The Avignonesi winery, in Montepulciano, Italy, is planting a 10-acre plot of grape vines called La Stella (The Star) in a most uncommon method: it’s focusing on the connection of nature to accomplish a successful environment of development and activity. This means eliminating stringent adherence to a particular method of pruning vines and allowing other plants to grow amongst them. It’s a concept inspired by ancestral practices that didn’t focus on monoculture.
If all goes as prepared, it will become a biodiversity sanctuary, a location where vines will grow in a lush, ever-blooming garden of bushes, shrubs, medical herbs, and fruit trees and where insects, birds, and other animals will flourish. Geese will have their own space in the plot, given that they’ll play an essential function in controling lawn growth and maintaining soil fertility. (To make certain they feel at home, they’ll have a pond to swim in below the vineyard.) Migratory birds will also be brought in to the hedges and trees, which will provide haven on their journeys. Then there are the bats, which will have a starring role in insect policy, not to discuss sheep and bunnies, which will also occupy the location.
This job was conceived by owner and winemaker Virginie Saverys, agronomist Alessio Gorini, and a dedicated production team who all hope the vineyard will hit a sweet spot in resolving the truth of nature’s interdependent systems, environment modification, and soil health. Her 680-acre estate is already among the leading biodynamic producers in Tuscany, and just made an evasive B-Corp accreditation (a personal accreditation of for-profit business of their “social and ecological efficiency”). Saverys, a Belgian-born former lawyer, believes sustainability is the key to making great wine and more. “The objective of the brand-new Stella will not be just the production of exceptional white wines as viewed by the mainstream market. Its objective is to free the vines from their confinement and spread them in an entourage propitious to the fullness of their faculties. We understand this is a groundbreaking project, and we wish to set an example for future generations” she states.
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more wine makers– confronted with environmental difficulties and growing social concerns– are reassessing current techniques of wine and wine making. Numerous, consisting of major players like Moët Hennessy and Rivetto, are also considering agroforestry (interplanting vines with trees and shrubs) as a possible technique to viticulture in the future.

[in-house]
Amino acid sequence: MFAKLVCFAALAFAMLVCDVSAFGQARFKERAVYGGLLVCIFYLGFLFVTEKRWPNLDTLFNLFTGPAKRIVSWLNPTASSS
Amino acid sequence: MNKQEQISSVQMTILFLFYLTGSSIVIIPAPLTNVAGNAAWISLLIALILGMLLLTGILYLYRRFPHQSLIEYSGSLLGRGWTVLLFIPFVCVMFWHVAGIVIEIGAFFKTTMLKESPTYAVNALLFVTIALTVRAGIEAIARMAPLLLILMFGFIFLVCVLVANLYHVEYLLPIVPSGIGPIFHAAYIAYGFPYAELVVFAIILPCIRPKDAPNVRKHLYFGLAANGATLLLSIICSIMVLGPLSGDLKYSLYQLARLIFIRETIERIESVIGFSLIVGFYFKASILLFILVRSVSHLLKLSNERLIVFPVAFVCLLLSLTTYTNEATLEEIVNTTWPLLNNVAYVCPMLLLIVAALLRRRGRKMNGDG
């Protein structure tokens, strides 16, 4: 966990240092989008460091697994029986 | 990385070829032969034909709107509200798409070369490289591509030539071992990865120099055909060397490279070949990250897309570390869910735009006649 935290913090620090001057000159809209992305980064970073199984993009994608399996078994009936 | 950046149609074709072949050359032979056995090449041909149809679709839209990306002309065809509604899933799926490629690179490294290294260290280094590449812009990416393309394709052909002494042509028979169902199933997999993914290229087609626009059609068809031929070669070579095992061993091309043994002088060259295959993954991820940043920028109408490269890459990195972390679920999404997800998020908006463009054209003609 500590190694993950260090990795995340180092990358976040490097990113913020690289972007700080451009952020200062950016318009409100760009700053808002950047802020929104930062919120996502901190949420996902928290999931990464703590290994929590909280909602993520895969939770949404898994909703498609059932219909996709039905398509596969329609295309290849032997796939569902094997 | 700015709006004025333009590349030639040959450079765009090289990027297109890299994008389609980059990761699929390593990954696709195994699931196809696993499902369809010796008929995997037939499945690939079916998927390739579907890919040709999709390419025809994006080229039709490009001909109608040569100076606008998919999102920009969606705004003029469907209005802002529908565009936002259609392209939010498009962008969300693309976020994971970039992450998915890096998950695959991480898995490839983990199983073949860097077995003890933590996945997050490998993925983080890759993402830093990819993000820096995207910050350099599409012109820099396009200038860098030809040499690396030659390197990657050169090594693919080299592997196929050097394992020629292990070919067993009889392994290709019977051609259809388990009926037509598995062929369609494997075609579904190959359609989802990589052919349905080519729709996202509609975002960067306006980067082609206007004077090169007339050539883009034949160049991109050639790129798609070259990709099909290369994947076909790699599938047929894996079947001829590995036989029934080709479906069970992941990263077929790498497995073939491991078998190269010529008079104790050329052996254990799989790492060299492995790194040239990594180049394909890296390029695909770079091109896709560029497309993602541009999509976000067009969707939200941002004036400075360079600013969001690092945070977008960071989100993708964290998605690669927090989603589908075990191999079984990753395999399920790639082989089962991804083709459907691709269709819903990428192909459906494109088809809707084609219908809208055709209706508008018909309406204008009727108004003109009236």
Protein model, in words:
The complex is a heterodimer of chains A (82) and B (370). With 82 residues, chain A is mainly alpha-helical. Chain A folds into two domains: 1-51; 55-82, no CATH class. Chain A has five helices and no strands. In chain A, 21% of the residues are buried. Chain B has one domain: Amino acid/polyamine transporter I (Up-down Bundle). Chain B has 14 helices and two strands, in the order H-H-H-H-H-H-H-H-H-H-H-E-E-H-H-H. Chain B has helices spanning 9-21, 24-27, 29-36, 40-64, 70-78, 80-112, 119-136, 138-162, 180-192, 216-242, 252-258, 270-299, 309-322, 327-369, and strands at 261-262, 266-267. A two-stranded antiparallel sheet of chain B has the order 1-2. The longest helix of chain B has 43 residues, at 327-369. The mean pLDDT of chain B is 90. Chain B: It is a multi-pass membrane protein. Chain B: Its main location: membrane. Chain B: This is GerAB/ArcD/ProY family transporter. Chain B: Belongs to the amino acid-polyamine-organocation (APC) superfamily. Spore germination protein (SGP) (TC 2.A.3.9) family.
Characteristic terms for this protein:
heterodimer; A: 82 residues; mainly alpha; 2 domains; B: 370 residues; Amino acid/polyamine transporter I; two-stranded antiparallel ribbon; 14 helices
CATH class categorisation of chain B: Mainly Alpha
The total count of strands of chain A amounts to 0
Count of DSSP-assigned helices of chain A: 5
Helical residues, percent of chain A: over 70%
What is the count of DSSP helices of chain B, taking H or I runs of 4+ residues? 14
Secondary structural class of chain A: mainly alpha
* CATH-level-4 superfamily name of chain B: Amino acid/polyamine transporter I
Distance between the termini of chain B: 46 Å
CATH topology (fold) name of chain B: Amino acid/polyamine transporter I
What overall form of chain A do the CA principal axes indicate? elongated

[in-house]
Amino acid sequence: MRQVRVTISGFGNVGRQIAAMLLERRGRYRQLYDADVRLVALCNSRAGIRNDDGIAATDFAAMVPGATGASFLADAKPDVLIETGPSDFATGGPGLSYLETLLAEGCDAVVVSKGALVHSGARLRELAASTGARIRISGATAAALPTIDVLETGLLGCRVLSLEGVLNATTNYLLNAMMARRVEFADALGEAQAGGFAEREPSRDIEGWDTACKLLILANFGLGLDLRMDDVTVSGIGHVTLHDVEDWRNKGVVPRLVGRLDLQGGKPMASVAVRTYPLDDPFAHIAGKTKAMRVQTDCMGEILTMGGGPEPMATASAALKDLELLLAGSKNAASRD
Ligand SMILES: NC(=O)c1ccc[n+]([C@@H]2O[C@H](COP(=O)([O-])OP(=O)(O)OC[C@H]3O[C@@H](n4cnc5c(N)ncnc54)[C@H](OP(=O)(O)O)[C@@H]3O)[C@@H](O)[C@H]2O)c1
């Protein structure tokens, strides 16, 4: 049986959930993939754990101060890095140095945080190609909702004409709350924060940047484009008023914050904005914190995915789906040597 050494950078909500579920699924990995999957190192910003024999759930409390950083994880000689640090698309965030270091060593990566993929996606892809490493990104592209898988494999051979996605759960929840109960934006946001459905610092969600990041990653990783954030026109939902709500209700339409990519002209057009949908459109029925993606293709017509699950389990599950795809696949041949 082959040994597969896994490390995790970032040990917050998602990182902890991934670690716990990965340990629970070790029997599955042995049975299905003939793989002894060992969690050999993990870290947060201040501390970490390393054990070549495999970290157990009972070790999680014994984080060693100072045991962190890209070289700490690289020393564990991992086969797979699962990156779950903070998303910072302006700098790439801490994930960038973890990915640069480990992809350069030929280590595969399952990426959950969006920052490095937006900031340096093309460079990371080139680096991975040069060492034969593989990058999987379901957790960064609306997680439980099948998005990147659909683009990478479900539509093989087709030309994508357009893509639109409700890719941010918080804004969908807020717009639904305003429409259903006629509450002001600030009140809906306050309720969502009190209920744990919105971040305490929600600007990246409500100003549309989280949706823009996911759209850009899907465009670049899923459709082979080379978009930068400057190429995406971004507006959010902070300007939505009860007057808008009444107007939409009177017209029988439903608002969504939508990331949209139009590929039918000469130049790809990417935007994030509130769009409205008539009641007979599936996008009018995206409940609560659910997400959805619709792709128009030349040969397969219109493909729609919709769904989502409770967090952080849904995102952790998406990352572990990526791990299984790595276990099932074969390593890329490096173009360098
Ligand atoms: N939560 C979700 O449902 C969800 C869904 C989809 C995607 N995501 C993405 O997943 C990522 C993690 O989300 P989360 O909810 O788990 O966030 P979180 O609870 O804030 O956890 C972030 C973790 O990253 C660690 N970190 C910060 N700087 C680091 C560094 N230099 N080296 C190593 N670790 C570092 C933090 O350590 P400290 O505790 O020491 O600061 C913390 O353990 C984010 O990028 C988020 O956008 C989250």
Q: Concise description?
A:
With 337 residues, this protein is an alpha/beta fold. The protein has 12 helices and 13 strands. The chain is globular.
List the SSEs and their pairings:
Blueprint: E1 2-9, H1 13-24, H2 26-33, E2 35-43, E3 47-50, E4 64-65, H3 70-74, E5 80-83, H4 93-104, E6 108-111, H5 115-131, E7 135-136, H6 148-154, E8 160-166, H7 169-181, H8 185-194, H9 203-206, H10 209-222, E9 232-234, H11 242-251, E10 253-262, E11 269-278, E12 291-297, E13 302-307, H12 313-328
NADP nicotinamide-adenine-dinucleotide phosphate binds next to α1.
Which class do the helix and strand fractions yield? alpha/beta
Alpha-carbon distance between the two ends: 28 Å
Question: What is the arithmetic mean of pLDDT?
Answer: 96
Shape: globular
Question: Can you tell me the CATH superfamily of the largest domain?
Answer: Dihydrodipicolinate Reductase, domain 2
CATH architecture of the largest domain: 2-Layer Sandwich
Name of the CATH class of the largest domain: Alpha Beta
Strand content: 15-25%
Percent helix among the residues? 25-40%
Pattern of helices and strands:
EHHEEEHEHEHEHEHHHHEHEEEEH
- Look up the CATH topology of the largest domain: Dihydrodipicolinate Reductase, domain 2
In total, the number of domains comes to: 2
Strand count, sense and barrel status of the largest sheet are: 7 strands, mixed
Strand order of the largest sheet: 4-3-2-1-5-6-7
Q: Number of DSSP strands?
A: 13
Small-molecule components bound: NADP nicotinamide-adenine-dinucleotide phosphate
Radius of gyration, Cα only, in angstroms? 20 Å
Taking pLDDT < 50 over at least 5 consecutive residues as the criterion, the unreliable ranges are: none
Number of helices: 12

Saverys hopes La Stella will end up being a sanctuary where terrific Sangiovese grapes are just one of the results. “We want to make these typical practices that can be applied to many other contexts. The majority of this attention will have an impact on the environment instead of on the specific attributes of the white wine. We want to produce a wine that has a local color and time, able to convey the consistency we are attempting to produce within the vineyard,” states Gorini.
Healthy soil at Avignonesi
The vineyard will cover one of the plots at the winery’s hospitality center at La Fattoria delle Capezzine. The Italian benefactor Angelo Vegni constructed a factory here during the late 19th century, with the objective of uniting farming activities particular to Tuscan climate and soils and making polyculture an almost important choice. This visionary technique still resonates today in the “modern” idea of the circular economy. Saverys points out that new plantings like hers are not implied to be exclusive or out of reach for other wine manufacturers looking for real options into the future. “La Stella should be an example of environmentally friendly viticulture from an ecological and socio-economic standpoint. We should create not a thriftless method of farming unaffordable for a lot of winegrowers but a motivating design simple to copy or adapt” she says.The plot area
has actually already been cleared and the soil is being permitted to rest for 3 full years so that soil health can be optimal. The very first trees will be planted in 2023, and vines the following year. It will probably be 2027 prior to the first harvest from this grand experiment. Will we be able to taste the distinction in a wine made from grapes grown in this picturesque environment? We simply might.Le Capezzine Courtesy Avignonesi Karen Lubeck writes about wine and culture for Townandcountrymag.com.